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J Clin Microbiol. Feb 2003; 41(2): 880–882.
PMCID: PMC149707

Value of Indirect Hemagglutination and Coagglutination Tests for Serotyping Haemophilus parasuis


An indirect hemagglutination test (IHA) and a coagglutination test (CA) were evaluated using saline, boiled, and autoclaved extracts for serotyping Haemophilus parasuis. CA showed several cross-reactions, whereas IHA gave rise to specific reactions, with minor exceptions. IHA was further compared with the immunodiffusion test (the “gold standard”) for the serotyping of 67 field isolates. As a conclusion, IHA is recommended as a useful method for sensitive and specific serotyping of H. parasuis.

Haemophilus parasuis, a small pleomorphic gram-negative rod of the family Pasteurellaceae, is the causative agent of Glässer's disease, which has historically been considered a sporadic, stress-associated disease of young pigs (19). However, since the establishment of specific-pathogen-free herds, increased spread of the disease and increased mortality rates have been described for the swine industry worldwide (20).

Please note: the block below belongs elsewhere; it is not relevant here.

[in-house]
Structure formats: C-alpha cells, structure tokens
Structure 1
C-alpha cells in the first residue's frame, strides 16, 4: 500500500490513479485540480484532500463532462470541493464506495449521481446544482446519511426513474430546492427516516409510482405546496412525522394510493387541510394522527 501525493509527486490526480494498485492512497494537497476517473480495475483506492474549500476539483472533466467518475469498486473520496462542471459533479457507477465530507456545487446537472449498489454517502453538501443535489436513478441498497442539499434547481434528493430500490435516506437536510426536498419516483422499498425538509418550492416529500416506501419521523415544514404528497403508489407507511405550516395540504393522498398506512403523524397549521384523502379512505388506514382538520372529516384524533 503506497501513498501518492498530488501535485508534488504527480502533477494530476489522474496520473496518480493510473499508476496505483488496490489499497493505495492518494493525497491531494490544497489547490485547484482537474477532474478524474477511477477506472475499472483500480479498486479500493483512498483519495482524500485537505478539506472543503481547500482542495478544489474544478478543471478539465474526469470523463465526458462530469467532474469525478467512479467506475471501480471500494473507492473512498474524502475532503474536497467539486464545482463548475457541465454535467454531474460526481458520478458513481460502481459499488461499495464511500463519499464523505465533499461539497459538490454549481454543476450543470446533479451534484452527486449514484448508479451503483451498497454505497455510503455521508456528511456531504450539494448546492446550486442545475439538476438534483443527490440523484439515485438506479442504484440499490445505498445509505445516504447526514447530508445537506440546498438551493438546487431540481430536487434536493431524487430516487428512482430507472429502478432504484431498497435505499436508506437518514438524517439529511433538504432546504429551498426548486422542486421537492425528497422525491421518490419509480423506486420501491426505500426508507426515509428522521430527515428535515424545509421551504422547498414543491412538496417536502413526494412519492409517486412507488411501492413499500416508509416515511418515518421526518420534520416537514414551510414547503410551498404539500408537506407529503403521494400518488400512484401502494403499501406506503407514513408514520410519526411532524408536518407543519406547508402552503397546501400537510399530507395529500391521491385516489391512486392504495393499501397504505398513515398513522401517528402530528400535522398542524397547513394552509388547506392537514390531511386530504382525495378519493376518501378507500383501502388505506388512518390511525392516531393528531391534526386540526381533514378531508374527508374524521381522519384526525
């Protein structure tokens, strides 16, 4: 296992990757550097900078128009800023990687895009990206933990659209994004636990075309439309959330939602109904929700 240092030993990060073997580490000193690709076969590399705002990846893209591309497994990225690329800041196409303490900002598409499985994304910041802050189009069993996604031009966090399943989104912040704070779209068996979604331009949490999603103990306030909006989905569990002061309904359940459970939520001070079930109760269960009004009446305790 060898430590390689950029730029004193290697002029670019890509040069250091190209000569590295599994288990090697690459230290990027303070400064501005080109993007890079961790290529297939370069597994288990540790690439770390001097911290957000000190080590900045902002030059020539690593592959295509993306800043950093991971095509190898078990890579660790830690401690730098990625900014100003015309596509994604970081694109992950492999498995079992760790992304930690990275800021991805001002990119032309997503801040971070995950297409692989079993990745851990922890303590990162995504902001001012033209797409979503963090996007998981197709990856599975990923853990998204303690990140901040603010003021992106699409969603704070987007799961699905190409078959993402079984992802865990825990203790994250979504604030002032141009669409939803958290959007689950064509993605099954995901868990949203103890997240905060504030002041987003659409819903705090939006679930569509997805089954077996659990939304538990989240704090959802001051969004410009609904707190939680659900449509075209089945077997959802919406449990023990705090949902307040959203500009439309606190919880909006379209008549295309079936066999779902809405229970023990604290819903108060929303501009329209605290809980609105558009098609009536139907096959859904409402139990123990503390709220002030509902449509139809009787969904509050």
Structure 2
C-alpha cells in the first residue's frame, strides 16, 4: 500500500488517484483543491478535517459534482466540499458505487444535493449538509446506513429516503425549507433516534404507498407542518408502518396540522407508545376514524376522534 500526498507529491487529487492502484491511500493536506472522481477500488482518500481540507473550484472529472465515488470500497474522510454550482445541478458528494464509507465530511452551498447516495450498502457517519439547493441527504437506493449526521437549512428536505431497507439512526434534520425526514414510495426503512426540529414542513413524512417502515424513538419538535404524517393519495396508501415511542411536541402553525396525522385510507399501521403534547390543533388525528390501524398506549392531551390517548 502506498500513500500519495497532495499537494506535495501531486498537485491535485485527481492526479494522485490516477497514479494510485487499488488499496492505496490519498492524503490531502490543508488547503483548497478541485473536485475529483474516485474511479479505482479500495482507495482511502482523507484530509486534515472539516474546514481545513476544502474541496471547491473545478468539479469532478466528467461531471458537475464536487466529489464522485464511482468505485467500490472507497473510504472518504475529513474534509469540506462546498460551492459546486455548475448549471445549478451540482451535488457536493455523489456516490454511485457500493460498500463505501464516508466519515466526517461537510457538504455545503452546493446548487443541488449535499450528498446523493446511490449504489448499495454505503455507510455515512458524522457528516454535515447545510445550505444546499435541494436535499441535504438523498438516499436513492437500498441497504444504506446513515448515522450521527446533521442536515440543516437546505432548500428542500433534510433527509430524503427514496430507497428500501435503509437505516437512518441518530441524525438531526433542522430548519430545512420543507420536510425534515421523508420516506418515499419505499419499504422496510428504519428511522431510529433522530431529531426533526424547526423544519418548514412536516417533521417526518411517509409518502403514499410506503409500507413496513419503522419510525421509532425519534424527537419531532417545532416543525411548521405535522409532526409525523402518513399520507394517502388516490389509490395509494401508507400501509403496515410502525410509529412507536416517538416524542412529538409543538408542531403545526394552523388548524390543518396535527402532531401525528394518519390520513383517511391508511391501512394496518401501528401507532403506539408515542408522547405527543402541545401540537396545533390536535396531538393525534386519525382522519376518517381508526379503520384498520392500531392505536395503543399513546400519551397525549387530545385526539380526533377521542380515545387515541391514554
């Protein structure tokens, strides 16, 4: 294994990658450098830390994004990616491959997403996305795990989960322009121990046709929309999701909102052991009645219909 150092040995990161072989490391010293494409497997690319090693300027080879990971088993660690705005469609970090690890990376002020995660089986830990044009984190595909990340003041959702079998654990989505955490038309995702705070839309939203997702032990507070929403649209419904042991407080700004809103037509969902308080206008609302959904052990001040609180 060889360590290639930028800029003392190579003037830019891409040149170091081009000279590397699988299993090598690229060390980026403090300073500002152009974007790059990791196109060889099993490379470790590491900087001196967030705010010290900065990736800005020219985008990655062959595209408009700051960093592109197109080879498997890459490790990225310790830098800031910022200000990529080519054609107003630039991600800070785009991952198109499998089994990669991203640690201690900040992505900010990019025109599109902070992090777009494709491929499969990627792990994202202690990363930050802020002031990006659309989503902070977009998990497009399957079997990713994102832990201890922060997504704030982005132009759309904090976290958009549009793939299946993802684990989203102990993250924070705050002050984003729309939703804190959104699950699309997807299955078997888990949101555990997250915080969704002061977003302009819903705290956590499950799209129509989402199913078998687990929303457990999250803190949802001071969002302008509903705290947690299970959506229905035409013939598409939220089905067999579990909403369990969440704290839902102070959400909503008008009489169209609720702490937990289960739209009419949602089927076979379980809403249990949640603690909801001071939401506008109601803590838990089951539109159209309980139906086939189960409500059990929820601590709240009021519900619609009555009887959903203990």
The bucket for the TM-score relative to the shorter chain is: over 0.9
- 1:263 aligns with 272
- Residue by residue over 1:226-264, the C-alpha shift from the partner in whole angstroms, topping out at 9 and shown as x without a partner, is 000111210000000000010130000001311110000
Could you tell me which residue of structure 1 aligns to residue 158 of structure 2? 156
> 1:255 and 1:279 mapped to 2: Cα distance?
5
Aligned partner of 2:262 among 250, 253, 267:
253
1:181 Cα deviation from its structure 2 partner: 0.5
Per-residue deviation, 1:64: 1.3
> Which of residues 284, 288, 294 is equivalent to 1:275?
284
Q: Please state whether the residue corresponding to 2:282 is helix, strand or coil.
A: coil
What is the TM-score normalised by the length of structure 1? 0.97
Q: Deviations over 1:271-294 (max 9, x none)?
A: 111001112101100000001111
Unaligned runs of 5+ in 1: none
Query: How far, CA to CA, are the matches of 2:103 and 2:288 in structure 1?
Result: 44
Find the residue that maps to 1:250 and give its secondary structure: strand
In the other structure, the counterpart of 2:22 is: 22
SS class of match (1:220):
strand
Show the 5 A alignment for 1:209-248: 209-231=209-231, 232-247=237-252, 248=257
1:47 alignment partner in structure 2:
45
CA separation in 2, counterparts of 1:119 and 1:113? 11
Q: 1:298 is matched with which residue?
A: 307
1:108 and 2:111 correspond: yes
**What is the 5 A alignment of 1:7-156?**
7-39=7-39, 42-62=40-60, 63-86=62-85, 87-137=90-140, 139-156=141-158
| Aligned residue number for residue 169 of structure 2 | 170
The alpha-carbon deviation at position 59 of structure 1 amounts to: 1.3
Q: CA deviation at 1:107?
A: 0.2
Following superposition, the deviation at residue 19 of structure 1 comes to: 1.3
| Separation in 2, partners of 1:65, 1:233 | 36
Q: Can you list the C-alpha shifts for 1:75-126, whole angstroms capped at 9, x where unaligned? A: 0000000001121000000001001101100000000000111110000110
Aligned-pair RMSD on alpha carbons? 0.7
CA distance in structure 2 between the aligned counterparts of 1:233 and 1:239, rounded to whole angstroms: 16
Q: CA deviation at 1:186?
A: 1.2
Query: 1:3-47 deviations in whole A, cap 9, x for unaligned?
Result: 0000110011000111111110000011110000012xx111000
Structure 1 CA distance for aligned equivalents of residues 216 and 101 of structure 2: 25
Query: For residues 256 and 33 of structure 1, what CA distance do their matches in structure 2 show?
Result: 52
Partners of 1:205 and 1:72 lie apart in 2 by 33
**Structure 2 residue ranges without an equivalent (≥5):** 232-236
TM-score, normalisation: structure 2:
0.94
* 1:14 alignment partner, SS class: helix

Although some other methods have been used for the serotyping of H. parasuis (5, 12), the Kielstein-Rapp-Gabrielson scheme (based on heat-stable cell antigens tested by agar gel precipitation) is now the internationally recognized test (1, 6, 14). At present, 15 serovars have been proposed, with most recent serotyping studies reporting the existence of nontypeable isolates, which seems to indicate the possibility of a larger number of serovars (6, 14). It is essential to know which are the most prevalent serovars in a given area to effectively control Glässer's disease, because the vaccine immunity confers a reduced cross-protection among serovars (7). In addition, several molecular methods (restriction endonuclease fingerprinting [19], multilocus enzyme electrophoresis [2], enterobacterial repetitive intergenic consensus-PCR [13], and outer-membrane-protein profiling [17]) have also been developed for typing H. parasuis.

Coagglutination (CA) and indirect hemagglutination (IHA) are accessible tests at any diagnostic laboratory, and they have been proven to be reliable and suitable for serotyping clinical isolates of a variety of gram-positive and gram-negative organisms. The aim of this study was to evaluate the use of these two tests in comparisons of different antigens as screening procedures for serotyping H. parasuis.